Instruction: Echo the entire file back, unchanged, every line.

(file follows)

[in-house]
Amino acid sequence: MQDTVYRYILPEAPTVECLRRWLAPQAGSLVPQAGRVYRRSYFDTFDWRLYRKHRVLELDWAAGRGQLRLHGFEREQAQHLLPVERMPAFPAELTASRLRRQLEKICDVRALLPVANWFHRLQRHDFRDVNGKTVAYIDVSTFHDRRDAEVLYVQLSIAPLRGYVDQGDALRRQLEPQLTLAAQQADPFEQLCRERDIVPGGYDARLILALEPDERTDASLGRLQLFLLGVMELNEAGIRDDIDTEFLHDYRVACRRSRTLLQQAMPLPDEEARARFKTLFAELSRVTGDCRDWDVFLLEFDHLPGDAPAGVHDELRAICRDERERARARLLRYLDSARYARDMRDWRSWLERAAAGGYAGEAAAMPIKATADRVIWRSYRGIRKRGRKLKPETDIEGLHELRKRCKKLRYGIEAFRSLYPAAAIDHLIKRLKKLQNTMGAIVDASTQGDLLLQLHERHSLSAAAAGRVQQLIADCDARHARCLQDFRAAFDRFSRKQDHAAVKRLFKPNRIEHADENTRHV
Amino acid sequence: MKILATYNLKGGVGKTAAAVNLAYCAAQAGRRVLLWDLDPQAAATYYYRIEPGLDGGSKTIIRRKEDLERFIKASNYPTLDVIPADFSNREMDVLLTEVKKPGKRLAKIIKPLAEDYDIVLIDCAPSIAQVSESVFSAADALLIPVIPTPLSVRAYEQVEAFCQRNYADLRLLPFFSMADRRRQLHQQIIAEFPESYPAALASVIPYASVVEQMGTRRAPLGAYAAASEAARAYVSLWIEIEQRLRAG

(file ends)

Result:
[in-house]
Amino acid sequence: MQDTVYRYILPEAPTVECLRRWLAPQAGSLVPQAGRVYRRSYFDTFDWRLYRKHRVLELDWAAGRGQLRLHGFEREQAQHLLPVERMPAFPAELTASRLRRQLEKICDVRALLPVANWFHRLQRHDFRDVNGKTVAYIDVSTFHDRRDAEVLYVQLSIAPLRGYVDQGDALRRQLEPQLTLAAQQADPFEQLCRERDIVPGGYDARLILALEPDERTDASLGRLQLFLLGVMELNEAGIRDDIDTEFLHDYRVACRRSRTLLQQAMPLPDEEARARFKTLFAELSRVTGDCRDWDVFLLEFDHLPGDAPAGVHDELRAICRDERERARARLLRYLDSARYARDMRDWRSWLERAAAGGYAGEAAAMPIKATADRVIWRSYRGIRKRGRKLKPETDIEGLHELRKRCKKLRYGIEAFRSLYPAAAIDHLIKRLKKLQNTMGAIVDASTQGDLLLQLHERHSLSAAAAGRVQQLIADCDARHARCLQDFRAAFDRFSRKQDHAAVKRLFKPNRIEHADENTRHV
Amino acid sequence: MKILATYNLKGGVGKTAAAVNLAYCAAQAGRRVLLWDLDPQAAATYYYRIEPGLDGGSKTIIRRKEDLERFIKASNYPTLDVIPADFSNREMDVLLTEVKKPGKRLAKIIKPLAEDYDIVLIDCAPSIAQVSESVFSAADALLIPVIPTPLSVRAYEQVEAFCQRNYADLRLLPFFSMADRRRQLHQQIIAEFPESYPAALASVIPYASVVEQMGTRRAPLGAYAAASEAARAYVSLWIEIEQRLRAG